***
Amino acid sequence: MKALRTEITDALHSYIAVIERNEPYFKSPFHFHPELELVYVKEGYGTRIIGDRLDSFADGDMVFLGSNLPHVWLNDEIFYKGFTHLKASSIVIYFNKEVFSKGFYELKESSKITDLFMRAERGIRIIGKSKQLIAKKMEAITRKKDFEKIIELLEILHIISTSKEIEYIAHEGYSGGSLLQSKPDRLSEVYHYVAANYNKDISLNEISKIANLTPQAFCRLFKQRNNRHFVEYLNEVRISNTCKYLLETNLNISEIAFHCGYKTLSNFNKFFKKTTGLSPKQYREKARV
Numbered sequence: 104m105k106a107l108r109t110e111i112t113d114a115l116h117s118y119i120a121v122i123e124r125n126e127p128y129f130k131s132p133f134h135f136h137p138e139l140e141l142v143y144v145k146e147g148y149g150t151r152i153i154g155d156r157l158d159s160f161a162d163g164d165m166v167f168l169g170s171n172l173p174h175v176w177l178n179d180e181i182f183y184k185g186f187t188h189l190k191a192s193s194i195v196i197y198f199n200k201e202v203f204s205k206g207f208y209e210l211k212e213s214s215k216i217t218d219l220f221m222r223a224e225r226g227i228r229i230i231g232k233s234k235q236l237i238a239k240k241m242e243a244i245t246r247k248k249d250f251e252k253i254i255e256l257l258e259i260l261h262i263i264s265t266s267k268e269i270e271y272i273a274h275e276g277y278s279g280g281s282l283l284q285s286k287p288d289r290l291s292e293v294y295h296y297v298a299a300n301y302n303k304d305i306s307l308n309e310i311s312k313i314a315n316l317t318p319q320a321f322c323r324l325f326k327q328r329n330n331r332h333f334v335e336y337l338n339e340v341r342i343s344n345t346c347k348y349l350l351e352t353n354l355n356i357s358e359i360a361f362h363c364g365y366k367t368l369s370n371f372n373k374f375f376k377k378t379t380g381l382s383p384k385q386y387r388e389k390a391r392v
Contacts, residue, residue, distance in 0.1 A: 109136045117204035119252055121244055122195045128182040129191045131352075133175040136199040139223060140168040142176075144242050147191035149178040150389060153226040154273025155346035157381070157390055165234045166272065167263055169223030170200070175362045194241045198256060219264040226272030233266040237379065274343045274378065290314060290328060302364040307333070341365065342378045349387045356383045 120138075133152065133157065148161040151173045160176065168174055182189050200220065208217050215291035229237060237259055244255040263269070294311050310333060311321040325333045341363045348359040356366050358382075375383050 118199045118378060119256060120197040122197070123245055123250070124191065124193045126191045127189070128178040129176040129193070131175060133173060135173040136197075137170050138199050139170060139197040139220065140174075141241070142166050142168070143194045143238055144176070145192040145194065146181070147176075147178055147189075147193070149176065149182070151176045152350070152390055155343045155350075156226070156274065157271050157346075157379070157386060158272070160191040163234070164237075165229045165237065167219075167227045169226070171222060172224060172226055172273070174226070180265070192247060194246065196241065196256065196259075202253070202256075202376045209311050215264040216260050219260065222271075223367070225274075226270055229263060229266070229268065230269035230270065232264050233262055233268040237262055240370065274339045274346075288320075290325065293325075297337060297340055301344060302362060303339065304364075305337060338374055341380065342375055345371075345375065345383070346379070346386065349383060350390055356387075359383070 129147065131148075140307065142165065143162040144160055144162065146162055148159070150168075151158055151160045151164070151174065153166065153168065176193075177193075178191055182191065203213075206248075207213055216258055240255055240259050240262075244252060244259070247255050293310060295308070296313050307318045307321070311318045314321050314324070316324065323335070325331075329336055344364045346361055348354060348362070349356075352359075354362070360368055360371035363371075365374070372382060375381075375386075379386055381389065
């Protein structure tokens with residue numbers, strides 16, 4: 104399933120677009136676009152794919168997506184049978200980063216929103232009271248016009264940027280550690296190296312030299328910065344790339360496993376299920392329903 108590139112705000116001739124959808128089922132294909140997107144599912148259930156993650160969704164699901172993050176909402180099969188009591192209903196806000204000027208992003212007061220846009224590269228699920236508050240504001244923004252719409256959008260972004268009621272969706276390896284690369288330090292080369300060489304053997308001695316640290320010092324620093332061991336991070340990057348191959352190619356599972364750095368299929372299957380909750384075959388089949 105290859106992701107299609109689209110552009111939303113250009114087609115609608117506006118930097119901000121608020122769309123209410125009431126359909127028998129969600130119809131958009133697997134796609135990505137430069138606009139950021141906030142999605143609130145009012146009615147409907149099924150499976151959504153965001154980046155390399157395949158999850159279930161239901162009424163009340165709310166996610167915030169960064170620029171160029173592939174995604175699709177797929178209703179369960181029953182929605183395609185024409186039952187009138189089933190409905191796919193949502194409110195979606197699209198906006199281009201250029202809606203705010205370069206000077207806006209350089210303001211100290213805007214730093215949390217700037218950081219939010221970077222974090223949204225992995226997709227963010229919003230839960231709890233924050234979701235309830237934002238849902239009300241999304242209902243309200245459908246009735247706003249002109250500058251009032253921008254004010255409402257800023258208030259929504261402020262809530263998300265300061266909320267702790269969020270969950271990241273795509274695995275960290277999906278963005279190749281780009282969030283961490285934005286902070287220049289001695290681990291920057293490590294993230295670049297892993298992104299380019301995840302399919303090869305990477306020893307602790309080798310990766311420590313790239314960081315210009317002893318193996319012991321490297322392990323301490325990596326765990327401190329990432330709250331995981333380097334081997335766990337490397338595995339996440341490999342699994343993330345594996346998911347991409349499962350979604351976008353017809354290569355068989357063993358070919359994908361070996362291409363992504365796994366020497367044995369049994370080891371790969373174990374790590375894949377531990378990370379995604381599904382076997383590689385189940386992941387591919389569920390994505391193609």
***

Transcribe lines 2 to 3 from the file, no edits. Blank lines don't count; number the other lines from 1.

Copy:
Numbered sequence: 104m105k106a107l108r109t110e111i112t113d114a115l116h117s118y119i120a121v122i123e124r125n126e127p128y129f130k131s132p133f134h135f136h137p138e139l140e141l142v143y144v145k146e147g148y149g150t151r152i153i154g155d156r157l158d159s160f161a162d163g164d165m166v167f168l169g170s171n172l173p174h175v176w177l178n179d180e181i182f183y184k185g186f187t188h189l190k191a192s193s194i195v196i197y198f199n200k201e202v203f204s205k206g207f208y209e210l211k212e213s214s215k216i217t218d219l220f221m222r223a224e225r226g227i228r229i230i231g232k233s234k235q236l237i238a239k240k241m242e243a244i245t246r247k248k249d250f251e252k253i254i255e256l257l258e259i260l261h262i263i264s265t266s267k268e269i270e271y272i273a274h275e276g277y278s279g280g281s282l283l284q285s286k287p288d289r290l291s292e293v294y295h296y297v298a299a300n301y302n303k304d305i306s307l308n309e310i311s312k313i314a315n316l317t318p319q320a321f322c323r324l325f326k327q328r329n330n331r332h333f334v335e336y337l338n339e340v341r342i343s344n345t346c347k348y349l350l351e352t353n354l355n356i357s358e359i360a361f362h363c364g365y366k367t368l369s370n371f372n373k374f375f376k377k378t379t380g381l382s383p384k385q386y387r388e389k390a391r392v
Contacts, residue, residue, distance in 0.1 A: 109136045117204035119252055121244055122195045128182040129191045131352075133175040136199040139223060140168040142176075144242050147191035149178040150389060153226040154273025155346035157381070157390055165234045166272065167263055169223030170200070175362045194241045198256060219264040226272030233266040237379065274343045274378065290314060290328060302364040307333070341365065342378045349387045356383045 120138075133152065133157065148161040151173045160176065168174055182189050200220065208217050215291035229237060237259055244255040263269070294311050310333060311321040325333045341363045348359040356366050358382075375383050 118199045118378060119256060120197040122197070123245055123250070124191065124193045126191045127189070128178040129176040129193070131175060133173060135173040136197075137170050138199050139170060139197040139220065140174075141241070142166050142168070143194045143238055144176070145192040145194065146181070147176075147178055147189075147193070149176065149182070151176045152350070152390055155343045155350075156226070156274065157271050157346075157379070157386060158272070160191040163234070164237075165229045165237065167219075167227045169226070171222060172224060172226055172273070174226070180265070192247060194246065196241065196256065196259075202253070202256075202376045209311050215264040216260050219260065222271075223367070225274075226270055229263060229266070229268065230269035230270065232264050233262055233268040237262055240370065274339045274346075288320075290325065293325075297337060297340055301344060302362060303339065304364075305337060338374055341380065342375055345371075345375065345383070346379070346386065349383060350390055356387075359383070 129147065131148075140307065142165065143162040144160055144162065146162055148159070150168075151158055151160045151164070151174065153166065153168065176193075177193075178191055182191065203213075206248075207213055216258055240255055240259050240262075244252060244259070247255050293310060295308070296313050307318045307321070311318045314321050314324070316324065323335070325331075329336055344364045346361055348354060348362070349356075352359075354362070360368055360371035363371075365374070372382060375381075375386075379386055381389065